Winter storms can be unpredictable, and sometimes dangerous – especially if you are driving. Before you end up on the road this winter, here are some tips on how to prepare for bad weather and what to do if you need to survive one night in your car.
Feel the risk
Generally, it is best to stay away from the road when it is difficult winter weather. It can cause a breakdown, but about 70 percent of winter weather damage occurs in a car and about 25 percent of the injuries happen to people who are stormed, reports from the National Serious Storms Laboratory (NSSL). According to Ready.gov, a winter storm can increase the risk of frost and hypothermia. Combating rain, snow, wind and ice can lead to over-effort from shoveling snow and car accidents due to dangerous driving conditions.
In addition to paying attention to weather reports on TV, radio and internet, Ready.gov suggests making sure your cell phone is set to receive wireless emergency signals. Weather alerts, which are part of the Integrated General Warning and Warning System, are similar to text messages and notify you of severe weather conditions and recommended actions. You can also tune in to your local NOAA Weather Radio station for continuous weather broadcasts, official watches, alerts and more.
It is usually a good idea to winterize your car every year before the winter weather rolls around. A fine tuning, properly inflated tires, new windshield wipers and topped fluids can help prepare your car for the lower temperatures and help to deal with bad weather. And it's a good idea to keep a fully equipped winter emergency kit in your car just in case. Some things to include are:
- First Aid Kit
- Important Medicines
- Flares or Reflectors Signaling for Help and Warning Other Drivers
- Lamp and Extra Batteries
- Mobile Phone and Portable Charger
- Jumper Cables
- Snow Brush
- Snow Brush
- Survival Tires or Sleeping Bag
- Tire Chains and / or Tape
- Extra Set of Winter Clothes
- Snow Paddle
- Hake litter or sand for traction
An emergency kit and wintering of your However, vehicles do not guarantee safety in the storm. If your area is during a winter storm warning, it is best to stay off the road. If you are already on the road, seek protection immediately if bad weather approaches and driving conditions are expected to be dangerous. You may also want to share information about your trip before you leave. Tell a friend or family member your goal, your planned route and when you expect to arrive, recommend the American Red Cross. That way, if your vehicle gets stuck, they will know where to tell the authorities to send help.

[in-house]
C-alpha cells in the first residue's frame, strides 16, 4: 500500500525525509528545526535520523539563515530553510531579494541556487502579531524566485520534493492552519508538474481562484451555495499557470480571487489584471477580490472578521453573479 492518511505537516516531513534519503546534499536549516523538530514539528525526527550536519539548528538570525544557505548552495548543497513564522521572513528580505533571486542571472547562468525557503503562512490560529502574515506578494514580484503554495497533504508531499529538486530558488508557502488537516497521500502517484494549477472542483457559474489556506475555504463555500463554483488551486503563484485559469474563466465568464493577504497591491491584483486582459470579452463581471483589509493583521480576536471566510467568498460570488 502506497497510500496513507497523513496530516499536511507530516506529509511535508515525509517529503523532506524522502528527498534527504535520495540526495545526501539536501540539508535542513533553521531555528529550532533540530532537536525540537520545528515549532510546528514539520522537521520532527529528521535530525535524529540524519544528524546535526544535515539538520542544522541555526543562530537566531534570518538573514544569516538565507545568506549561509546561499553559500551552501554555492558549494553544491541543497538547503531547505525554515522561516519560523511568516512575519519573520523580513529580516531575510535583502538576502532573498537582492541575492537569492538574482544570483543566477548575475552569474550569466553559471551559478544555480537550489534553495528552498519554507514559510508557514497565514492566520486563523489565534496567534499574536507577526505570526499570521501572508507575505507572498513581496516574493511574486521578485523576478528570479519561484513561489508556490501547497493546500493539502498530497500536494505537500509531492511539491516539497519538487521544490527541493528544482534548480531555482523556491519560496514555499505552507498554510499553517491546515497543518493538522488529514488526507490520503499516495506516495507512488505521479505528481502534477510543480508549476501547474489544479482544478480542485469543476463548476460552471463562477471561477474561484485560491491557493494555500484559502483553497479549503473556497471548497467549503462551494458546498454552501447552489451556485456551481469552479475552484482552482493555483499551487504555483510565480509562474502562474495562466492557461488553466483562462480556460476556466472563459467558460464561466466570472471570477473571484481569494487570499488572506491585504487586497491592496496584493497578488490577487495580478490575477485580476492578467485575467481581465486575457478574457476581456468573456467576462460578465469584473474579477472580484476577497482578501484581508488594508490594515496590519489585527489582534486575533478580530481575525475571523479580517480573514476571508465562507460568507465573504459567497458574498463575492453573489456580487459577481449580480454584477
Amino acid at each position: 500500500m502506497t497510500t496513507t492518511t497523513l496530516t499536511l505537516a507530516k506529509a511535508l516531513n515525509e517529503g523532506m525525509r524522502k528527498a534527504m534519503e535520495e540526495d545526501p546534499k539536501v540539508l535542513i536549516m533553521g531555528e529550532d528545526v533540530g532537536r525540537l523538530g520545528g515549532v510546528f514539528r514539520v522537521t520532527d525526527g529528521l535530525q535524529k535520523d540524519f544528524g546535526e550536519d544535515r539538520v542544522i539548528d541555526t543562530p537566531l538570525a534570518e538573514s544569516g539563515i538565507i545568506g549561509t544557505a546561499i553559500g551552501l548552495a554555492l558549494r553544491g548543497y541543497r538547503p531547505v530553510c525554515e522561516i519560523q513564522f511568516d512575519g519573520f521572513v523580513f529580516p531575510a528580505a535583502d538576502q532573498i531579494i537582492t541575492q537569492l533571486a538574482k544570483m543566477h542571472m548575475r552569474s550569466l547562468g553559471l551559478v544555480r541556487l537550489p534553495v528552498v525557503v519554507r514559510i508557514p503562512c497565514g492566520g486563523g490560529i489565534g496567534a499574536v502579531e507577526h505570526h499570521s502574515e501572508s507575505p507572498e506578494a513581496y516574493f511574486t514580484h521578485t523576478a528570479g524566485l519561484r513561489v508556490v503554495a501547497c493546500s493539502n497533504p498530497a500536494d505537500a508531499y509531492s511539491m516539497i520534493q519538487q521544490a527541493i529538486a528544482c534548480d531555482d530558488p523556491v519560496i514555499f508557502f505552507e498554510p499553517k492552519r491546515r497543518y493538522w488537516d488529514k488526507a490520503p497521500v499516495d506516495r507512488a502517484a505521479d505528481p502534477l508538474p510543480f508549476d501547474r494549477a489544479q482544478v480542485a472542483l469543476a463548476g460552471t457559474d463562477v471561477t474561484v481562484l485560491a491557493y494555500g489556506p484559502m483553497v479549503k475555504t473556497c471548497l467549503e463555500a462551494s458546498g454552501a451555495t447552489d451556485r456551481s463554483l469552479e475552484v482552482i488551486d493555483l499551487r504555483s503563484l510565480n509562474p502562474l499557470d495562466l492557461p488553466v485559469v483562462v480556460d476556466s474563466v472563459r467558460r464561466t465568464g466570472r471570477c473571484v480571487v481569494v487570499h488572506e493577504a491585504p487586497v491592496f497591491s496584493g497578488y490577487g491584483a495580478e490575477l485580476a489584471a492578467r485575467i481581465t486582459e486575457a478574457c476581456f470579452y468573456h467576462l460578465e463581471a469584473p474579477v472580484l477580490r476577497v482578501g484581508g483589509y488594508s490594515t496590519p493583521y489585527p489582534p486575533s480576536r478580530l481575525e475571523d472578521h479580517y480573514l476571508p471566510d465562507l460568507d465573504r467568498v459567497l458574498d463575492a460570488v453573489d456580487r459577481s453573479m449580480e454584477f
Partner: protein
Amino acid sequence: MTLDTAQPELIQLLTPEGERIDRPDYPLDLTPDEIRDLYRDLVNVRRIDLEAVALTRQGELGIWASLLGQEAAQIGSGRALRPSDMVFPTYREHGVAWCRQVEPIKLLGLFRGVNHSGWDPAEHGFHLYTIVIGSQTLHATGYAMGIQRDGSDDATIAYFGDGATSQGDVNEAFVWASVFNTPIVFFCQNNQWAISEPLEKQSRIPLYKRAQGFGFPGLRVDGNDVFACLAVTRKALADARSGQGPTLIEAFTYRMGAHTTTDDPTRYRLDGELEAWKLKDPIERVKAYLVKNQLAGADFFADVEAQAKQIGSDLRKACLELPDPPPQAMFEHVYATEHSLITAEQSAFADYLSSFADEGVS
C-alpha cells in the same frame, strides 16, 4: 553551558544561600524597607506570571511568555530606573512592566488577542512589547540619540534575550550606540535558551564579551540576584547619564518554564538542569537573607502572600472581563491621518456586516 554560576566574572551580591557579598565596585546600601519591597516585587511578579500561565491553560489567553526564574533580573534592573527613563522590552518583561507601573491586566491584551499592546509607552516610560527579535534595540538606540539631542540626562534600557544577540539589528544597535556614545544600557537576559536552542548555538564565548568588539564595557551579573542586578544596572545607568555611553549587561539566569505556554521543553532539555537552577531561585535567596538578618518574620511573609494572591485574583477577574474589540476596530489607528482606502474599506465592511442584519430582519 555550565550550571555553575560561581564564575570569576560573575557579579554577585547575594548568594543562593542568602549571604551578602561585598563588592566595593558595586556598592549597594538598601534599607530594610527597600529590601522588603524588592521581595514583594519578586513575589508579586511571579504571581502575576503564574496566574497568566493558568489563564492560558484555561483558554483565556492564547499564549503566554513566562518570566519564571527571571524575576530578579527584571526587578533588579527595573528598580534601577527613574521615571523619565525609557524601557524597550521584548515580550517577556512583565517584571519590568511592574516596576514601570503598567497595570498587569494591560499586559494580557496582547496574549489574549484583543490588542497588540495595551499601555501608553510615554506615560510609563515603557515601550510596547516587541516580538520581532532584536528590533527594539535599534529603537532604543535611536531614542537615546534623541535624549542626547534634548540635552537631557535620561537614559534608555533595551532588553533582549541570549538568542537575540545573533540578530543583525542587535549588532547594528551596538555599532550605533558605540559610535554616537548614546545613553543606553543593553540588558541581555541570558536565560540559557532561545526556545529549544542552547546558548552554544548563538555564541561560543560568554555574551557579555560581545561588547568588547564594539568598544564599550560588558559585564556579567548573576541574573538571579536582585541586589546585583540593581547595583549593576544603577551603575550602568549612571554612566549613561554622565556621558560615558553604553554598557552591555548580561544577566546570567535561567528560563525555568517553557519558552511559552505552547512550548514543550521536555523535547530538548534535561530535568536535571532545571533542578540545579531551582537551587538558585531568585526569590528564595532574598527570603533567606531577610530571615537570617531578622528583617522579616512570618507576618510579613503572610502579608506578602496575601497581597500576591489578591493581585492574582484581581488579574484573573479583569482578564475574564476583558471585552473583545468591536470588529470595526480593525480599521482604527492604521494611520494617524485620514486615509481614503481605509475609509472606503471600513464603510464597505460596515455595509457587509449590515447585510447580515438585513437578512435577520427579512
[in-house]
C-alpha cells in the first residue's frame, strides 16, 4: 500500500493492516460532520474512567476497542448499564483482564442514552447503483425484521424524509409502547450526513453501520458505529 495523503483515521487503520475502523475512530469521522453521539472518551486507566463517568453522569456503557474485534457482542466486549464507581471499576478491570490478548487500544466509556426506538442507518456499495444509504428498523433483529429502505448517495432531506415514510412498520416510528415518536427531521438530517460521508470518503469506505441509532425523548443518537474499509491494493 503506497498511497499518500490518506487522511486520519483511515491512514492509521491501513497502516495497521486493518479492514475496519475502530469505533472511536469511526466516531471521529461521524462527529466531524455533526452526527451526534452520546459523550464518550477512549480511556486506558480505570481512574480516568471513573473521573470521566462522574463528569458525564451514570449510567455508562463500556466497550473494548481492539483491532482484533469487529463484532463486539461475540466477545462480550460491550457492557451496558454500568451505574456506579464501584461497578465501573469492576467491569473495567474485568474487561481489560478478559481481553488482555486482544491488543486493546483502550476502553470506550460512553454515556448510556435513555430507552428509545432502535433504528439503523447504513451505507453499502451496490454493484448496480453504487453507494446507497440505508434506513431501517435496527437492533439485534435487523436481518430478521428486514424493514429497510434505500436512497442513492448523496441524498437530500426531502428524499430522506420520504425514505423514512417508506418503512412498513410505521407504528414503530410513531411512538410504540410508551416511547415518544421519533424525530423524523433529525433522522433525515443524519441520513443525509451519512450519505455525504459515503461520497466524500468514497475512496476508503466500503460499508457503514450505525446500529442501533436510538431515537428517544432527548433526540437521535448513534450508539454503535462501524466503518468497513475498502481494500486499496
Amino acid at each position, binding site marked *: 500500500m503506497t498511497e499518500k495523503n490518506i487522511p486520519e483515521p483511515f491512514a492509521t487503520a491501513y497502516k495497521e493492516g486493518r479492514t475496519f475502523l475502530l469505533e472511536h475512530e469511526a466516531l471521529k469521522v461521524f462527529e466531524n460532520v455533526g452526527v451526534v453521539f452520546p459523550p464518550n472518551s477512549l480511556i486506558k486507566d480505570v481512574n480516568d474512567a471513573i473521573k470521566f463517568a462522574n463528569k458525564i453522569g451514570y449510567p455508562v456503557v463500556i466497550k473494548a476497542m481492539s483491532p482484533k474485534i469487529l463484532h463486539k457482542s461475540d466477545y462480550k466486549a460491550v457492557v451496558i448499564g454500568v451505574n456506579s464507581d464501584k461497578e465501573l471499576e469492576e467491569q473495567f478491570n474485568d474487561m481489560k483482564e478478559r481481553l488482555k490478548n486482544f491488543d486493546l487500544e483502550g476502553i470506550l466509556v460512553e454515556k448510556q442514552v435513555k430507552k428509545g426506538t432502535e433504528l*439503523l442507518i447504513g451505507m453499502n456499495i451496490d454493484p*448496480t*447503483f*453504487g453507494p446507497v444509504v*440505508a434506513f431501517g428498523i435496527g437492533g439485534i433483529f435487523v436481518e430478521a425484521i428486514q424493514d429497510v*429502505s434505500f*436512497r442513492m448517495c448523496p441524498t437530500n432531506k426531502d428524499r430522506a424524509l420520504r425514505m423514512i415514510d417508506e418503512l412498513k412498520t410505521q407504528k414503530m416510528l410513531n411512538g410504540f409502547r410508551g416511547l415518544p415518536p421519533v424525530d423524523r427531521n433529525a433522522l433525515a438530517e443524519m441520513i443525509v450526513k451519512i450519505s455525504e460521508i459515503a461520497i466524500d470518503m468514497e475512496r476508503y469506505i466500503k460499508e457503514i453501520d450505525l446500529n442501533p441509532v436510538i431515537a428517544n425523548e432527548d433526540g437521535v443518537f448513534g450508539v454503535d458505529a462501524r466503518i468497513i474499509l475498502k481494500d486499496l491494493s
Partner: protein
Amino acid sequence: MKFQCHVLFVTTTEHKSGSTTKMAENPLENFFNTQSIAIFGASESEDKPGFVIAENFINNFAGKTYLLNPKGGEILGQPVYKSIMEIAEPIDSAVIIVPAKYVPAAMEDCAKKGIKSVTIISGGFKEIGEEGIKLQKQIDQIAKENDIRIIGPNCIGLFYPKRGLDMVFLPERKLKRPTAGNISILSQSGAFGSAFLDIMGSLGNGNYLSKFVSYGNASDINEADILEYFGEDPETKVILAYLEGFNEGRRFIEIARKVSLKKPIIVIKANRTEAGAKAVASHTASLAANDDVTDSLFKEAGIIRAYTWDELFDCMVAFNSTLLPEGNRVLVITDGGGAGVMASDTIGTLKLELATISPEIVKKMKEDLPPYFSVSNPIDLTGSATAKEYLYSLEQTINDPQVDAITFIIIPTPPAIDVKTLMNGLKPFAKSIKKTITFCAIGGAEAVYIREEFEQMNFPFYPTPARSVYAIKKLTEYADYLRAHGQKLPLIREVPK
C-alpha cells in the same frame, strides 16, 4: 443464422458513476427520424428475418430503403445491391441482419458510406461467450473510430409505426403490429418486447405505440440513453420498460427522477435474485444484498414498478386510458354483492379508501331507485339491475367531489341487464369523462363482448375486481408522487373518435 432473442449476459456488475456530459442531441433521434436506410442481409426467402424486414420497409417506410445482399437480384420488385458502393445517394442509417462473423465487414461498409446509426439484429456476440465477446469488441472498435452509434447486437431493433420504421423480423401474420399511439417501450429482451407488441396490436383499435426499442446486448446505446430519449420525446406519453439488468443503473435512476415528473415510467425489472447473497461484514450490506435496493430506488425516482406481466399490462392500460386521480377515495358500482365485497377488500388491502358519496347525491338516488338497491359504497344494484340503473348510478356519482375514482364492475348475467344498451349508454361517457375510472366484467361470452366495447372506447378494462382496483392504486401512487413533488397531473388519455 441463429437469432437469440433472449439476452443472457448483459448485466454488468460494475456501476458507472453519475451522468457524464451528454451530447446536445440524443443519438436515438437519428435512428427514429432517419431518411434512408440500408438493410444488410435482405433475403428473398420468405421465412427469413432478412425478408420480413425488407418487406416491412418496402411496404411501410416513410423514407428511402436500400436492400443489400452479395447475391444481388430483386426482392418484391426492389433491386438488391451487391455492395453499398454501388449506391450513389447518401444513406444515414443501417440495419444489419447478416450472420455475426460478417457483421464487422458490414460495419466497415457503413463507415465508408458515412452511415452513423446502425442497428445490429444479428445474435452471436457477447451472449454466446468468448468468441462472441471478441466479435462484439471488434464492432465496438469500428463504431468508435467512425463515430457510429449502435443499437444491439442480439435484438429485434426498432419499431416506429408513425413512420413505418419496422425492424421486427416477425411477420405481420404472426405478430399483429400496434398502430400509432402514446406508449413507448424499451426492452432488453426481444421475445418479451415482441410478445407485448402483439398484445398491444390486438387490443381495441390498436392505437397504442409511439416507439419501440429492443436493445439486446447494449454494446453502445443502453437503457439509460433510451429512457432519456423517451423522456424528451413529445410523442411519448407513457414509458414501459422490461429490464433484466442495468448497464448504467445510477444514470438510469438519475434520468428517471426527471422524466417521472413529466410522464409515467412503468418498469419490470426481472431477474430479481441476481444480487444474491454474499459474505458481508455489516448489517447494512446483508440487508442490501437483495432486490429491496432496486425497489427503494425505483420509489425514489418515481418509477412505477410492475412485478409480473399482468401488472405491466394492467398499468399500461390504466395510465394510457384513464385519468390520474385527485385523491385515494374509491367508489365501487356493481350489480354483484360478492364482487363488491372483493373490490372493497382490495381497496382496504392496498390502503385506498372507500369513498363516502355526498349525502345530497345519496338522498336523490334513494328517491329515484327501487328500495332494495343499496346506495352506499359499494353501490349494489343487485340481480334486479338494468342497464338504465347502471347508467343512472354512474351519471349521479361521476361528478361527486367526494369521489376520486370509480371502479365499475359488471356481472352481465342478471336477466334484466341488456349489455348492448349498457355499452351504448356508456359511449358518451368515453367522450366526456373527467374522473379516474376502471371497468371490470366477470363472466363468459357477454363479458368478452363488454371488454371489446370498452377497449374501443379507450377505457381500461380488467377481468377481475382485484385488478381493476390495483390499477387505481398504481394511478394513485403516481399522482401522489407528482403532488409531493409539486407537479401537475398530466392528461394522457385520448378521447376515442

If you get stranded
If you're stuck in the car and are endless, you usually have a better chance of finding if you stay with your car ̵
Call for help
Even if you are unsure whether the situation is a real emergency, 911.gov recommends calling 911.
Stay in your vehicle  When you have requested help, stay in the car and wait, says the Red Cross. Don't leave the car, because blowing snow can make you become disoriented and lost.
Make your car as visible as possible
While waiting for help or waiting for the storm, the American Red Cross suggests that you signal that you needed help. For example, raise the hood when the snow stops falling or, if you have a radio antenna, add a piece of colored fabric, preferably red. Weather.com recommends that you turn on your flashlights, and you may also want to set reflectors from your emergency kit.
Concentrate on keeping warm
Inside the car, you make light exercises – like moving your arms and legs, and clapping your hands – to maintain circulation. If another person is in the car with you, huddle for heat. Use extra layers, such as removable floor mats or even a paper map, to help lower more body heat, giving the American Red Cross.
You can also run the engine for about 10 minutes each house to keep warm, says the red cross. Only drive the engine in short quantities and make sure the exhaust pipe is ready for snow to reduce the risk of carbon monoxide poisoning.
Drink plenty of fluids
This will help you avoid dehydration which makes you more susceptible to the potential health risks of cold weather, according to the American Red Cross. The Colorado Department of Transportation recommends keeping one gallon of water in your vehicle.
Hopefully you are safe and warm during a winter storm, but it is always a good idea to be ready, only if that is the case. With these tips you can better prepare yourself to handle a winter storm and survive a cold night in the car.
Originally published on November 3, 2016.